Film: Two into one will go - spookily

Twins. They're weird, mixed up and look similar. Let's make a movie!
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The Independent Culture
TWINS: CINEMA has always been drawn to these exclusive, visually confounding creatures. The affair continues this week with The Parent Trap, a Nineties update of the gooey 1961 Hayley Mills vehicle. But don't be put off: such offerings belong to the anodyne wing of a wonderfully off-beat obsession.

Twins (particularly identical ones) are a shorthand, a means to explore identity, whether in the material world (The Prince and the Pauper plot) or deep within the soul (the good vs evil dynamic). Life-swapping is the dream twins can make real and the line "You don't seem quite yourself today" is a bedrock of the movies. Twins, in other words, embody our crooked confusions - beautiful but freakish. Look at how few twins are actually used in films: it's the concept we like, not the reality.

The best directors turn such conventions inside out. In Tod Browning's Freaks, for example), Siamese twins Daisy and Violet Hilton play themselves. Violet is all charismatic defiance, Daisy intelligently gentle, and the bond between them is so wittily drawn, so intimate and complex, that any notion of them as tragic or repulsive becomes absurd. Violet protects her sister from a bullying husband; Daisy sits with her eyes rapturously closed as her sister is kissed. It's envy that the sisters inspire - those of us without a body attached to our sides, those of us who can't share our life, are left feeling incomplete, bereft.

Of course, as Freud's shadow fell across Hollywood, things got more complicated. With scriptwriters obsessed by ids, egos, schizophrenia and narcissism, twins became the perfect way to explore the divided self. And for actresses to get twice as much of themselves up on screen (narcissistic. Who them?) The result? Lots of female stars battling against psychosis, in films such as The Dark Mirror, with Olivia de Havilland, and A Stolen Life (1946), starring Bette Davis.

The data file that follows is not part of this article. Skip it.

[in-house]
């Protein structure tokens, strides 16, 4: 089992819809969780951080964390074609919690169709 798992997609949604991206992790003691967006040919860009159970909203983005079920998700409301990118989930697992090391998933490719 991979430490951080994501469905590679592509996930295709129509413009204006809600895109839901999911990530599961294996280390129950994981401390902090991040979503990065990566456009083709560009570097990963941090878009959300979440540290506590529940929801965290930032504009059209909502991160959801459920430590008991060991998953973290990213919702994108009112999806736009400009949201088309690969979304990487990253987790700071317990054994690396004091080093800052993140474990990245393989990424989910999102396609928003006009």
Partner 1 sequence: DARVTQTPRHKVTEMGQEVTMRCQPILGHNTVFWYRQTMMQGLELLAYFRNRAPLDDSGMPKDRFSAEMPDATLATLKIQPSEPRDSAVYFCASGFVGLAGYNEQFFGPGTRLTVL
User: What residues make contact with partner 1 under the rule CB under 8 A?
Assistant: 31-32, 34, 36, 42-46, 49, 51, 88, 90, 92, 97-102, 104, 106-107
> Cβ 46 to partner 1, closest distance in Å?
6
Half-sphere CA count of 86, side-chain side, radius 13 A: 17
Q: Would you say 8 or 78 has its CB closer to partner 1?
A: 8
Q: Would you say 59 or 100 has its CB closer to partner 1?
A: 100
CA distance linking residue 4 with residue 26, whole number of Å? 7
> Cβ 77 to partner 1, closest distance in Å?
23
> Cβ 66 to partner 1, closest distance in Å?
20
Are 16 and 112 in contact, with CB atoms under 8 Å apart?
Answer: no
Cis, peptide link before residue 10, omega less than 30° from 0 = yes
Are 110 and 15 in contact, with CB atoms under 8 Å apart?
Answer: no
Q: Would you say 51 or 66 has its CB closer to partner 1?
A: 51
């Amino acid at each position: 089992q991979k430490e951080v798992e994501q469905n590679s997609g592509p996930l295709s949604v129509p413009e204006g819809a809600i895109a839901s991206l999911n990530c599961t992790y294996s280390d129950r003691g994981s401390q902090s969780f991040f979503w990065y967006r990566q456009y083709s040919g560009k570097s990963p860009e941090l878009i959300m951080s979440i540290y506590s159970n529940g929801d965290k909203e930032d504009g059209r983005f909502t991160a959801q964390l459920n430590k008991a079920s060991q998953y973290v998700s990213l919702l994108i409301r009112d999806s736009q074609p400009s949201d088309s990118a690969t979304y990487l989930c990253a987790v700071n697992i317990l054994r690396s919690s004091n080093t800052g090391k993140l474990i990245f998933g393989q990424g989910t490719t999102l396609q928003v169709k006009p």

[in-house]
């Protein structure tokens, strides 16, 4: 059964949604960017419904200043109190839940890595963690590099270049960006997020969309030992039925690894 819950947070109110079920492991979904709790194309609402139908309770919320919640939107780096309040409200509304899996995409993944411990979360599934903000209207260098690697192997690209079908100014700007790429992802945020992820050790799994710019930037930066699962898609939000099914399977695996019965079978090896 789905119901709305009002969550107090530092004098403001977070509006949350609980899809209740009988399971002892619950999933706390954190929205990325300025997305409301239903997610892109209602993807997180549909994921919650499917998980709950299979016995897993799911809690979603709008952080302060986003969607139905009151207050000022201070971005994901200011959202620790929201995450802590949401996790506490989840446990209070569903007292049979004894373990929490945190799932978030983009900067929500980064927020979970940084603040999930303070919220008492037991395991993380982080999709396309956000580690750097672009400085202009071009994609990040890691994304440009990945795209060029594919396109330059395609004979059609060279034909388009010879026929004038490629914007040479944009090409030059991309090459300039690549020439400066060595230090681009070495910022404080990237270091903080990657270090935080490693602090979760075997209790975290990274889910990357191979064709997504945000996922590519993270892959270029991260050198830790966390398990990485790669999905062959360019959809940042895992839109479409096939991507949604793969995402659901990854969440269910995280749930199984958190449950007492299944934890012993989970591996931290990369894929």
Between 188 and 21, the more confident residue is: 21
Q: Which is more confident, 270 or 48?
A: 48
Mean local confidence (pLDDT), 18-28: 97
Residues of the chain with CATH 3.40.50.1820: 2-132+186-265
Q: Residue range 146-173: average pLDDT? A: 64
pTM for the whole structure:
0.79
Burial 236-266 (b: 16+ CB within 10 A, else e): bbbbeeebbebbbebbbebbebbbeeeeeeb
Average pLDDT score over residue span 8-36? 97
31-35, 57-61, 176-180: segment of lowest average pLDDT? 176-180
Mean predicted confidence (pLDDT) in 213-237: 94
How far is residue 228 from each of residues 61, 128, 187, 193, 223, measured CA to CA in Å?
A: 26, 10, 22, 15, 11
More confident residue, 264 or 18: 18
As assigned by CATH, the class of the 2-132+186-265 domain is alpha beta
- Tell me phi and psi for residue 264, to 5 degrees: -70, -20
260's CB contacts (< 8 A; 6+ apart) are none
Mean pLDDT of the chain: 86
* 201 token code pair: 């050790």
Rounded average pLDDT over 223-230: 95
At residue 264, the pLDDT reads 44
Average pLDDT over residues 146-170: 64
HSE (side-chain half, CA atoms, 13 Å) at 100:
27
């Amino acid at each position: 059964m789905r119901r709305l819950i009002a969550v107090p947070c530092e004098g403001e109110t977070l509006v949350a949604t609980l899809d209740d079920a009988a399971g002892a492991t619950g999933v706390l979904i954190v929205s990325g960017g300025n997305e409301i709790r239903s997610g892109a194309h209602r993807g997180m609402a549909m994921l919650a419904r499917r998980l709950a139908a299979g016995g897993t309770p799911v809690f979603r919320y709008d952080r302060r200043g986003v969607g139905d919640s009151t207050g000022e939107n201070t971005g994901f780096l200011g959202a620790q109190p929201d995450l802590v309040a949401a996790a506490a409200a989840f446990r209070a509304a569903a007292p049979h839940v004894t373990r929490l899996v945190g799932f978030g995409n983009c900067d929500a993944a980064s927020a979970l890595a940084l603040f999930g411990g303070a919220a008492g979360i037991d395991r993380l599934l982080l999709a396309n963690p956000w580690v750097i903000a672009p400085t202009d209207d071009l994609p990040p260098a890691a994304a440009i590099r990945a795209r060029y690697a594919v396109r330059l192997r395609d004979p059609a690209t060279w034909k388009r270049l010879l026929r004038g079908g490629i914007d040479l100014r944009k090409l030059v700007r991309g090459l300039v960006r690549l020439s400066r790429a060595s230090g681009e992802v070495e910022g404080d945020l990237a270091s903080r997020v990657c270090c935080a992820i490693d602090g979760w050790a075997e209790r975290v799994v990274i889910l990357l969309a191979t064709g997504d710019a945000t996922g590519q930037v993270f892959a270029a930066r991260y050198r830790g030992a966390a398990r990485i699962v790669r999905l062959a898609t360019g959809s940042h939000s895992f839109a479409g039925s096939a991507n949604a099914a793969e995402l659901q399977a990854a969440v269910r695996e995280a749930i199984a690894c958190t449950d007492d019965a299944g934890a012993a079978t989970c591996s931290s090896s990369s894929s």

Davis obviously enjoyed herself - she played twins again in 1964's Dead Ringer. Twins Maggie and Edith - Maggie the scheming bitch, Edie the bitter saint - suddenly find themselves, after years apart, in Maggie's palatial bedroom. Mirrors, as so often in such movies, provide the clues. When Edie's flashing, paranoid orbs are drawn towards the looking glass, you know she's a moral goner. What follows is ludicrously OTT. Jealous Edie demands Maggie come to her greasy apartment, where she shoots her. With a gothic harpsichord giberring in the background, Edie drags the tights from Maggie's dead legs, then fiercely combs water through her back-combed hair. It's worthy of a French and Saunders skit, yet powerful. The doomed, insecure desire to adopt another's personality sends shivers down all our spines. And what a great moment of recognition for Bette's draggy, corpse-robbing fans.

By the Seventies and Eighties, the psychological mists had all but evaporated. Instead, we get semi-pornographic flicks: Twins of Evil, Twinsanity...Thankfully, David Cronenberg's 1988 classic Dead Ringers re-introduced the mystery, providing Jeremy Irons with his best role(s). Like Freaks and even Dead Ringer, Dead Ringers transforms our sense of the "unnatural". The story of two brothers, Bev and Ellie, joined at the brain, it is most un-American (try imagining a John Wayne cowboy movie in which an identical twin shows up). The fact that the boys have girls' names is also significant.

In one of the film's best moments, Bev (the weaker twin) is lying in bed with Claire (Genevieve Bujold) - the first person to make him want to separate from arrogant Ellie. He has a dream in which he and Ellie are joined by an umbilical cord - an ugly, ragged bit of flesh which Claire, in order to release him, begins to chew. We're swept along by Bev's relaxed limbs and milky smile. Then comes the nightmare jolt - it can't be done, she's eating him. Psychologists would class such fears as pre-Oedipal. Here, that's the only state we're in and Cronenberg's tenderness towards his characters makes the resultinghorror even more unbearable.

Twins continue to fascinate us, but with diminishing returns (see Jean- Claude VanDamme's Double Impact). Should we despair? Dead Ringers was based on a true story and there are plenty more out there. A number of aging identical twins have plastic surgery to maintain their "identical" looks.

It's not re-makes of The Parent Trap we need. How about Dead Ringers II - Under the Surgeon's Knife?

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